This implement is on display in front of the Roads Department building of South Frontenac Township:
According to the information on Steam Era and other sources, the Sawyer-Massey Company was founded in 1835 in Hamilton, Ontario by John Fisher, a New Yorker. The following year, he made the first threshing machine to be manufactured in Canada. He brought in his doctor cousin as a partner, and the firm became known as C. McQuesten & Company, and also the Hamilton Agricultural Works. In the early 1840's, three Sawyer brothers who were nephews of McQuesten as well as expert machinists, joined the firm. After John Fisher passed away in 1856, the company name was changed to L.D. Sawyer & Co. They continued to manufacture agricultural implements, as well as to act as a Canadian distributor for American-made machines. In 1887, as the "good roads movement" gathered momentum in North America, they ventured into horse-drawn road machinery, as well as becoming agents for Aveling and Porter steam road rollers. Road graders at that time were referred to as road "Maintainers." The Masseys purchased a 40 percent interest in the firm in 1889, and the company was reorganized as the Sawyer & Massey Co. Ltd. It began to specialize in steam traction engines, becoming one of the leading Canadian manufacturers of these machines. In 1910, the Massey interests unsuccessfully pressured the firm to pursue gasoline engines, so the Masseys withdrew, and the new company became Sawyer-Massey Co. Ltd.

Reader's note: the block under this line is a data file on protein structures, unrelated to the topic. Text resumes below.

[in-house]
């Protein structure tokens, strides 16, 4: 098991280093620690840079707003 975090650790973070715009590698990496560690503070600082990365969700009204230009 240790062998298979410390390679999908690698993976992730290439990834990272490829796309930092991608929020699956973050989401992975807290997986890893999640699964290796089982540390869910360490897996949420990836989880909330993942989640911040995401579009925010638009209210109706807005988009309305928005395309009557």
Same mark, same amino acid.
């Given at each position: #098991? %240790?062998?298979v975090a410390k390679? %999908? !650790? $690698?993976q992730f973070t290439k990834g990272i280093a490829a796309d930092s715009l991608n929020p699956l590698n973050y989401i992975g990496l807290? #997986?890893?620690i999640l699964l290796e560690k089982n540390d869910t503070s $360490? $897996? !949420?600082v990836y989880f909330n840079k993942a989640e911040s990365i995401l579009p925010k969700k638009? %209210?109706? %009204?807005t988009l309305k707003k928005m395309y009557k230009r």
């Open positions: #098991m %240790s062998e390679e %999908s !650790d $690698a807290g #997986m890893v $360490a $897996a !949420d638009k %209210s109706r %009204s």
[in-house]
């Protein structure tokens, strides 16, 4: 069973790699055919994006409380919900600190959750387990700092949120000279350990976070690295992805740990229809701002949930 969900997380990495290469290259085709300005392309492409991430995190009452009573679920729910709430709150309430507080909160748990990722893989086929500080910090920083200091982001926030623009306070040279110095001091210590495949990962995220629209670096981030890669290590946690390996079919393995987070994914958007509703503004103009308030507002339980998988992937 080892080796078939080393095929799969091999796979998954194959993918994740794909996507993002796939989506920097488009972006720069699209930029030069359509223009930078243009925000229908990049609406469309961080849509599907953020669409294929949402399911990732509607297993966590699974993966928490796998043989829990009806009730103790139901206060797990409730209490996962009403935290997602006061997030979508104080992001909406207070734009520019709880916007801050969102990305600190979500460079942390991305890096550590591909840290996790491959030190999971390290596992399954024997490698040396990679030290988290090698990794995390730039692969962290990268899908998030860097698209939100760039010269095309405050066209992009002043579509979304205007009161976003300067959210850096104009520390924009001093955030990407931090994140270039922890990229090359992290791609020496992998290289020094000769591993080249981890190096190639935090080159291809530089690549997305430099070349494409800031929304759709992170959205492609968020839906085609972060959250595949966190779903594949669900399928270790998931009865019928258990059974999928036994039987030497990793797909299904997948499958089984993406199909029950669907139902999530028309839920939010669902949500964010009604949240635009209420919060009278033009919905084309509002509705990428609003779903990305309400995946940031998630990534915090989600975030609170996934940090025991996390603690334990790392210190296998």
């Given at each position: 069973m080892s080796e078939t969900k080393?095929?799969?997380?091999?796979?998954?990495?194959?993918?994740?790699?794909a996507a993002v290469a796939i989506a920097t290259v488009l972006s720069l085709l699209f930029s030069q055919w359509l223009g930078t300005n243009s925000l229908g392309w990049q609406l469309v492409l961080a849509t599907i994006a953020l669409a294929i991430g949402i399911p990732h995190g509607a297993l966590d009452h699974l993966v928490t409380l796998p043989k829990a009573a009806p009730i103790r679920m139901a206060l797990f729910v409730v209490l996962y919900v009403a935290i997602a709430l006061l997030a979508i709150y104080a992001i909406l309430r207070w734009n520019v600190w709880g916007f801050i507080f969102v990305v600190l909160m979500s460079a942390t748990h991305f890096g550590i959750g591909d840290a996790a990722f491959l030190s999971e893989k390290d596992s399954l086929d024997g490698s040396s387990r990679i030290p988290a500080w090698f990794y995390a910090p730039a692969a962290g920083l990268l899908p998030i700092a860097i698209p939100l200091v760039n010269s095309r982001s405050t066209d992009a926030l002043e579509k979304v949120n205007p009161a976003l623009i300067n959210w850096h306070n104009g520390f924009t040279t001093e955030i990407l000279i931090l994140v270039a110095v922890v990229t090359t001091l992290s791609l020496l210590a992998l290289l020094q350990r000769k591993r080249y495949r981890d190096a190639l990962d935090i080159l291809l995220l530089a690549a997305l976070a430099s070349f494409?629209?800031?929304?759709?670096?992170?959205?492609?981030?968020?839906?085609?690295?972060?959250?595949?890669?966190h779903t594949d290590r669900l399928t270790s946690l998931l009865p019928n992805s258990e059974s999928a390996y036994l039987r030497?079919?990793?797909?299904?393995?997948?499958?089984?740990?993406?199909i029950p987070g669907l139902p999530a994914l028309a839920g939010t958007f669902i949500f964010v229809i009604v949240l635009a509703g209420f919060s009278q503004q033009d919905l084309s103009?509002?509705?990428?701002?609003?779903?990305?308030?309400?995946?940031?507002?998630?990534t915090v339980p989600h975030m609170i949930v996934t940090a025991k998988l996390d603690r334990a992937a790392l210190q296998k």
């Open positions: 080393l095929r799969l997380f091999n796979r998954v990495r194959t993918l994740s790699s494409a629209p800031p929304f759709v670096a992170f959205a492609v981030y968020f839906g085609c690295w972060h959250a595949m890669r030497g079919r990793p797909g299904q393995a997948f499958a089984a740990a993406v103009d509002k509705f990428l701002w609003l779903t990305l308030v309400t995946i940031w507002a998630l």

In 1922, the company left the tractor business completely to focus on road building machinery, as they were unable to compete in the tractor price war that was being waged at that time between Fordson and International Harvester. The company went on to build the first Motor Grader in Canada, the "One Man Power Maintainer." It had hand controls, and 8 foot blade, 39" wide scarifier, and for power, your choice of a Fordson fitted with Trackson tracks, a Cletrac model K Crawler tractor, or a McCormick Deering tractor fitted with hard rubber tires. Following the Second World War, the company amalgamated with the Hamilton Bridge Company.